Sunday, 13 December 2015


“Art is not a handicraft, it is the transmission of feeling the artist has experienced.” - Leo Tolstoy

Sir John Everett Millais, 1st Baronet, PRA (8 June 1829 – 13 August 1896) was an English painter and illustrator who was one of the founders of the Pre-Raphaelite Brotherhood. A child prodigy, Millais was the youngest ever student to enter the prestigious Royal Academy Schools at just age 11. There he met William Holman Hunt and Dante Gabriel Rossetti. Together they rebelled against the teachings of their tutors and formed the Pre-Raphaelite Brotherhood.

The Brotherhood rejected High Renaissance artists like Raphael and instead were inspired by earlier artists, like Botticelli. Millais befriended the influential art critic John Ruskin, who supported the Pre-Raphaelites and promoted their work. Millais fell in love with Ruskin’s wife Effie, and married her, after the Ruskins’ marriage collapsed.

Millais' most controversial painting was “Christ In The House Of His Parents” (1850 - see above). Critics disliked it because it represented Christ in a human way and portrayed his family as low-class workers, rather than divine figures. He became increasingly popular and in later life created one of his best known works “A Child’s World” (also known as “Bubbles”). It caused outcry when it was used to advertise Pears Soap after the company bought the painting’s copyright. Some art critics felt this degraded the painting but Millais was powerless to stop it.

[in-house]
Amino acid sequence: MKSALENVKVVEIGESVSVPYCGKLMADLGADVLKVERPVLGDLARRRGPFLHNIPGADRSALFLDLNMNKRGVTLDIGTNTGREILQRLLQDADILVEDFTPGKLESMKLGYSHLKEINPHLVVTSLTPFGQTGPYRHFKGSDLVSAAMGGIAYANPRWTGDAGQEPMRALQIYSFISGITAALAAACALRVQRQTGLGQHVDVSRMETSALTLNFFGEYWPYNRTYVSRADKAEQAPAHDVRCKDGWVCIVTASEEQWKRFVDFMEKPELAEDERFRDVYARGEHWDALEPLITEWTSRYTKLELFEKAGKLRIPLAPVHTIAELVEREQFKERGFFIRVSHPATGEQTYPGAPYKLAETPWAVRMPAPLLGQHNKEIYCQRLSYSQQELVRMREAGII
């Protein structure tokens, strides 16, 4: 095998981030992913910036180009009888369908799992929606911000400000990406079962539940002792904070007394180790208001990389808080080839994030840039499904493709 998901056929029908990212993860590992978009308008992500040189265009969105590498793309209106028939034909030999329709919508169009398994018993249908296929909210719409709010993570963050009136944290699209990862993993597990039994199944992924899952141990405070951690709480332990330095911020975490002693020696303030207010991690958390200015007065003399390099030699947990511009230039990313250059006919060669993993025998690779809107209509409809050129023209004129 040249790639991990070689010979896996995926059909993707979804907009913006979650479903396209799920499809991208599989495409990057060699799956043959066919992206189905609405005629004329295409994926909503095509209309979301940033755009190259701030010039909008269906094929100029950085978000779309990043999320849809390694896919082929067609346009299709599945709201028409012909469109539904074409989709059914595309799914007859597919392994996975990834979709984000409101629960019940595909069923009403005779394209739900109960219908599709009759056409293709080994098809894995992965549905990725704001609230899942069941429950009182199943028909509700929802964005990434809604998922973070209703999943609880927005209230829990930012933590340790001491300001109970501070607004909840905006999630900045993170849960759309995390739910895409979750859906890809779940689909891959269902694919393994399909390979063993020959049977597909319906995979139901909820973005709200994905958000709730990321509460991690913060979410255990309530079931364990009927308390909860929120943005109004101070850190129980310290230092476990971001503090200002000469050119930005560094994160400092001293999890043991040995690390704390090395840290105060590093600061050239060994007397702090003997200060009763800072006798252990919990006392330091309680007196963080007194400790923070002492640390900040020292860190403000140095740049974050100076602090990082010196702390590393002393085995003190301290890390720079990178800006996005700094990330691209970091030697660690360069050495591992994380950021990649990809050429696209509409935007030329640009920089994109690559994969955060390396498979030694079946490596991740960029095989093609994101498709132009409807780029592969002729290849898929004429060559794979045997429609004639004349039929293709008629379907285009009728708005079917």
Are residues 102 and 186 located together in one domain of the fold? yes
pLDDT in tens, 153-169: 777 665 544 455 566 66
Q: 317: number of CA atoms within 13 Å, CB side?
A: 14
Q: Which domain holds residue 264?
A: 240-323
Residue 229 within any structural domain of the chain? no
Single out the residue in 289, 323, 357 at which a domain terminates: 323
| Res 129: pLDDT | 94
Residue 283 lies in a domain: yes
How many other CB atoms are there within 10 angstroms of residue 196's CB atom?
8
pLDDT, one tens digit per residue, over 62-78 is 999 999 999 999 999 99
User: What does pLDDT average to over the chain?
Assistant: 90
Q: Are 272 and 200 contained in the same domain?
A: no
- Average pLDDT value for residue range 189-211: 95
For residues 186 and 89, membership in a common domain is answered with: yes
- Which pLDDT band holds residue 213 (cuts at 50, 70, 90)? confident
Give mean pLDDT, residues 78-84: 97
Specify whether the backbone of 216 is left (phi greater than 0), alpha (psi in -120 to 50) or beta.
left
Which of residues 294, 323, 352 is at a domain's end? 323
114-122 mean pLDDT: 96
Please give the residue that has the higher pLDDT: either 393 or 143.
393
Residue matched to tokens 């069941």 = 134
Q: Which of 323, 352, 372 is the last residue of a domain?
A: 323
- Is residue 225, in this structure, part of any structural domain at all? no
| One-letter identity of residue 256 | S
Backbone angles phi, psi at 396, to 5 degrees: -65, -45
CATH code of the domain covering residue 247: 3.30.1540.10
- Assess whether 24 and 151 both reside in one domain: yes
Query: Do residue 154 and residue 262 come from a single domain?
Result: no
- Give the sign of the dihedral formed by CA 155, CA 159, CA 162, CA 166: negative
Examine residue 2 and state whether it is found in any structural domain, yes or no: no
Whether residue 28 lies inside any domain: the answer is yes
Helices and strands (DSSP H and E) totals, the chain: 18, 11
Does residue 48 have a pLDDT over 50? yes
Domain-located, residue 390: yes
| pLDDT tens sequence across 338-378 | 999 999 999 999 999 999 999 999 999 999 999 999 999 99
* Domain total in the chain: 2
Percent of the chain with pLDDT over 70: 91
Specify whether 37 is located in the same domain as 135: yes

Other important works include “The Princes In The Tower”, “Ophelia” and “The Order Of Release”. Millais was also very successful as a book illustrator, notably for the works of Anthony Trollope and the poems of Tennyson. His complex illustrations of the parables of Jesus were published in 1864. His father-in-law commissioned stained-glass windows based on them for Kinnoull parish church, Perth. He also provided illustrations for magazines such as “Good Words”.

Millais was elected as an associate member of the Royal Academy of Arts in 1853, and was soon elected as a full member of the Academy, in which he was a prominent and active participant. In July 1885, Queen Victoria created him a Baronet, of Palace Gate, in the parish of St Mary Abbot, Kensington, in the county of Middlesex, and of Saint Ouen, in the Island of Jersey, making him the first artist to be honoured with a Hereditary Title. After the death of Lord Leighton in 1896, Millais was elected President of the Royal Academy, but he died later in the same year from throat cancer. He was buried in the crypt of St Paul's Cathedral.

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